Young said the rationale for closing the Whitbourne school was not “rationale or clear.”

“It’s not a struggling town. It’s growing,” said Young.

Developer Hubert Hussey said closing the school would create a “significant obstacle” to his vision for growth in Whitbourne, which includes an RV park and dozens of new residential building lots.

Unacceptable busing

Epiphany has an enrolment of 43 students, and serves a catchment area that includes the combined communities and Heart’s Delight-Islington, and Heart’s Desire.

Whitbourne Elementary has 78 students enrolled this year, and draws on students from Whitbourne and nearby Markland.

If the board endorses the proposal to close the two schools, students currently attending Epiphany will be transferred to Acreman Elementary in Green’s Harbour beginning in September 2013, a distance of 17 kilometres.

Students attending Whitbourne Elementary will go to Woodland Elementary in Dildo, a distance of 19 kilometres.

But several speakers pointed out that some students on the extreme boundaries of the catchment area will be riding the bus for long stretches.

Sherry Barrett, who chairs the local service district in Markland, said it would take up to 70 minutes to make the trip to Dildo each day.

She called this “unacceptable” and said it would cause unnecessary hardship on young students and their families.

More than a few speakers suggested that the board have a second look at the catchment area in order to make the two schools viable.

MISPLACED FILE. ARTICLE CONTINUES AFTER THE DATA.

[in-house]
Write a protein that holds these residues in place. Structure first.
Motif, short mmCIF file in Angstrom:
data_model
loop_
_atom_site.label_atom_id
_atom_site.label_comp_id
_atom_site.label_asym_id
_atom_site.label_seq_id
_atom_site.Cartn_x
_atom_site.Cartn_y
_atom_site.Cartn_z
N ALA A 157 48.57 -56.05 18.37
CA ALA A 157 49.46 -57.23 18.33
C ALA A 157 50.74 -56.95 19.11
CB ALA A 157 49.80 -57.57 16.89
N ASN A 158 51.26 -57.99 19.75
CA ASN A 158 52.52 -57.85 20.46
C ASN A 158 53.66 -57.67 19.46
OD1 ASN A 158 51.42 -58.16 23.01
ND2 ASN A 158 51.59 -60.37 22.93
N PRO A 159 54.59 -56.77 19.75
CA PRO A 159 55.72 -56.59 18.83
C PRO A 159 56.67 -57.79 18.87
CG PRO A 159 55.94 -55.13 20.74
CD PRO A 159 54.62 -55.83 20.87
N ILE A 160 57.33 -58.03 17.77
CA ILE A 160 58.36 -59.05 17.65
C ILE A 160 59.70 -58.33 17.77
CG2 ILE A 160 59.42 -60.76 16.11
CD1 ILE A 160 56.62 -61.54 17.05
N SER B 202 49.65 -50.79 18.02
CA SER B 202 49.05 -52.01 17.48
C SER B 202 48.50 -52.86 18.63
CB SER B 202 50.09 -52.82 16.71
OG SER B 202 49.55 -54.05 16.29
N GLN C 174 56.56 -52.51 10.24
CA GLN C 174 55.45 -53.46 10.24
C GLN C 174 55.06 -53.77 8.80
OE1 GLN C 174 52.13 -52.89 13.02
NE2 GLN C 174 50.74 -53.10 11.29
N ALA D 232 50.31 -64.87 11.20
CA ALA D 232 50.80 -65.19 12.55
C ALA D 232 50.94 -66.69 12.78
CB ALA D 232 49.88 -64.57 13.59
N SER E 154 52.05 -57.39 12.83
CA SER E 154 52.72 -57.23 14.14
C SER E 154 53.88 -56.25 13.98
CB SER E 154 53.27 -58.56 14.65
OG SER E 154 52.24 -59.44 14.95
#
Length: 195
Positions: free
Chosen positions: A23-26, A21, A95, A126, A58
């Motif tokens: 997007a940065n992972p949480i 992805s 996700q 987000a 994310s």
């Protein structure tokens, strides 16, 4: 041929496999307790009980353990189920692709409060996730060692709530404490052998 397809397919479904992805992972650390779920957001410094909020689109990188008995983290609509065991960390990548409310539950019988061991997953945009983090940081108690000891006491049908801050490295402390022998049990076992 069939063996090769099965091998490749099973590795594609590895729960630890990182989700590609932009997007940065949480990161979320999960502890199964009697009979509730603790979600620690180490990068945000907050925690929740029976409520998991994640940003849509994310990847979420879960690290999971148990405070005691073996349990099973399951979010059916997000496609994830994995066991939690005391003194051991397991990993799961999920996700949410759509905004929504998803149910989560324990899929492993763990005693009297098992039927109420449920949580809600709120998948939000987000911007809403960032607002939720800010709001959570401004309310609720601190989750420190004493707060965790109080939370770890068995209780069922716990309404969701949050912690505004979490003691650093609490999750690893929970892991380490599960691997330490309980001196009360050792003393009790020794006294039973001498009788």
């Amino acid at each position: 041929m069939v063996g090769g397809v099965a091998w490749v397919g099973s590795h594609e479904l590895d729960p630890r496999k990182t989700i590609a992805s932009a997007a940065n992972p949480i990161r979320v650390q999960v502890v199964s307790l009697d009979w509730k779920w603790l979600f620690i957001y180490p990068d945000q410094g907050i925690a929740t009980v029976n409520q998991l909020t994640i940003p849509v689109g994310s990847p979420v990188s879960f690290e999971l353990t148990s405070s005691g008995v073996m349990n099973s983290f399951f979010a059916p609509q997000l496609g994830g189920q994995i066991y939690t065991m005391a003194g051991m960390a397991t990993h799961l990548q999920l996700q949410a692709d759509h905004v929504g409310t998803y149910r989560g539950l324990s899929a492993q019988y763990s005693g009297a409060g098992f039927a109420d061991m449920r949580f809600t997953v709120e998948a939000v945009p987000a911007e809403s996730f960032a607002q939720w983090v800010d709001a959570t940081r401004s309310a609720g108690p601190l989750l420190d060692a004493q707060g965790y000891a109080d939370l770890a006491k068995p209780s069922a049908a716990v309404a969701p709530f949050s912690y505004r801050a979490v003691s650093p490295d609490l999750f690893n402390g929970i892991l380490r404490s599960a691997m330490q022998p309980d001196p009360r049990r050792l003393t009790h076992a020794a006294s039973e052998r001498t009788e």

The school council at Epiphany took things one step further, and presented its own proposal to the school board, suggesting that Acreman Elementary be closed, and that three schools remain in the area.

This scenario would see Epiphany remain open, and accommodate students from Whiteway and Cavendish to Heart’s Desire, while Woodland would accommodate students from South Dildo to Green’s Harbour. As for Whitbourne Elementary, its catchment area would also expand to include students from Markland to Blaketown and Old Shop.

“This is what we feel should happen for the best of the students’ education, health and safety,” said Epiphany school council member Chris Snelgrove.

Massive challenge

Meanwhile, representatives of Acreman and Woodland offered assurances that they would make the transition as smooth as possible, and would welcome the new students “with open arms.”

The chairman of the school board, Milton Peach of Carbonear, praised the speakers for the “manner of their presentations,” and said they displayed a very strong passion and commitment to their communities and schools.

But he also called upon those in attendance to “appreciate the challenge” the board faces as it attempts to manage one of the largest school boards in Eastern Canada.

“It’s a massive challenge for us,” he stated.

Meanwhile, the board will table notices of motion for any potential school closures at a special public board meeting on Nov. 7 in Shoal Harbour. This will be followed by more public hearings.

Those notices of motion will be voted on during a public meeting in Spaniard’s Bay on Dec. 13.